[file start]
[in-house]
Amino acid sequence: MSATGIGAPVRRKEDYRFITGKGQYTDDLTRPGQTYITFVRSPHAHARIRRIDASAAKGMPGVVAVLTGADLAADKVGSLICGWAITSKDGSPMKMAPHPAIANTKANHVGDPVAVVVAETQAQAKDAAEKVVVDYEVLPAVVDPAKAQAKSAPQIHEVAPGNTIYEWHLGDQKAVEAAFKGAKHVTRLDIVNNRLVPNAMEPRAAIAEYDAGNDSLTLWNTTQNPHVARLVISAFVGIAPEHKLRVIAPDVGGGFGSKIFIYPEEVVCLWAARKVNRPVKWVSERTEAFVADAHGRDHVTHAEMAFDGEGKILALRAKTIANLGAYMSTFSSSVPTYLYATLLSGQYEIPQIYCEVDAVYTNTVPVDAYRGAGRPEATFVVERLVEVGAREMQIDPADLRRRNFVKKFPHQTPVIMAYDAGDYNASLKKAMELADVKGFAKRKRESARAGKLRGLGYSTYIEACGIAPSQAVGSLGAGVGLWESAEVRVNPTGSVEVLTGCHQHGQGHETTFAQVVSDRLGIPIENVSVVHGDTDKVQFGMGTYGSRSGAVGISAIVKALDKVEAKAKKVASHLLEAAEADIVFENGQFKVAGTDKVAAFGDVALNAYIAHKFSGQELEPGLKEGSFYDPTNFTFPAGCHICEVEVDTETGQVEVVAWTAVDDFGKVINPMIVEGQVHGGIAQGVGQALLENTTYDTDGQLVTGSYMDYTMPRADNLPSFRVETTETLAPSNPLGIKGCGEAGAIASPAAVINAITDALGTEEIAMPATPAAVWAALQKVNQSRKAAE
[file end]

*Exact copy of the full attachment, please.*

[in-house]
Amino acid sequence: MSATGIGAPVRRKEDYRFITGKGQYTDDLTRPGQTYITFVRSPHAHARIRRIDASAAKGMPGVVAVLTGADLAADKVGSLICGWAITSKDGSPMKMAPHPAIANTKANHVGDPVAVVVAETQAQAKDAAEKVVVDYEVLPAVVDPAKAQAKSAPQIHEVAPGNTIYEWHLGDQKAVEAAFKGAKHVTRLDIVNNRLVPNAMEPRAAIAEYDAGNDSLTLWNTTQNPHVARLVISAFVGIAPEHKLRVIAPDVGGGFGSKIFIYPEEVVCLWAARKVNRPVKWVSERTEAFVADAHGRDHVTHAEMAFDGEGKILALRAKTIANLGAYMSTFSSSVPTYLYATLLSGQYEIPQIYCEVDAVYTNTVPVDAYRGAGRPEATFVVERLVEVGAREMQIDPADLRRRNFVKKFPHQTPVIMAYDAGDYNASLKKAMELADVKGFAKRKRESARAGKLRGLGYSTYIEACGIAPSQAVGSLGAGVGLWESAEVRVNPTGSVEVLTGCHQHGQGHETTFAQVVSDRLGIPIENVSVVHGDTDKVQFGMGTYGSRSGAVGISAIVKALDKVEAKAKKVASHLLEAAEADIVFENGQFKVAGTDKVAAFGDVALNAYIAHKFSGQELEPGLKEGSFYDPTNFTFPAGCHICEVEVDTETGQVEVVAWTAVDDFGKVINPMIVEGQVHGGIAQGVGQALLENTTYDTDGQLVTGSYMDYTMPRADNLPSFRVETTETLAPSNPLGIKGCGEAGAIASPAAVINAITDALGTEEIAMPATPAAVWAALQKVNQSRKAAE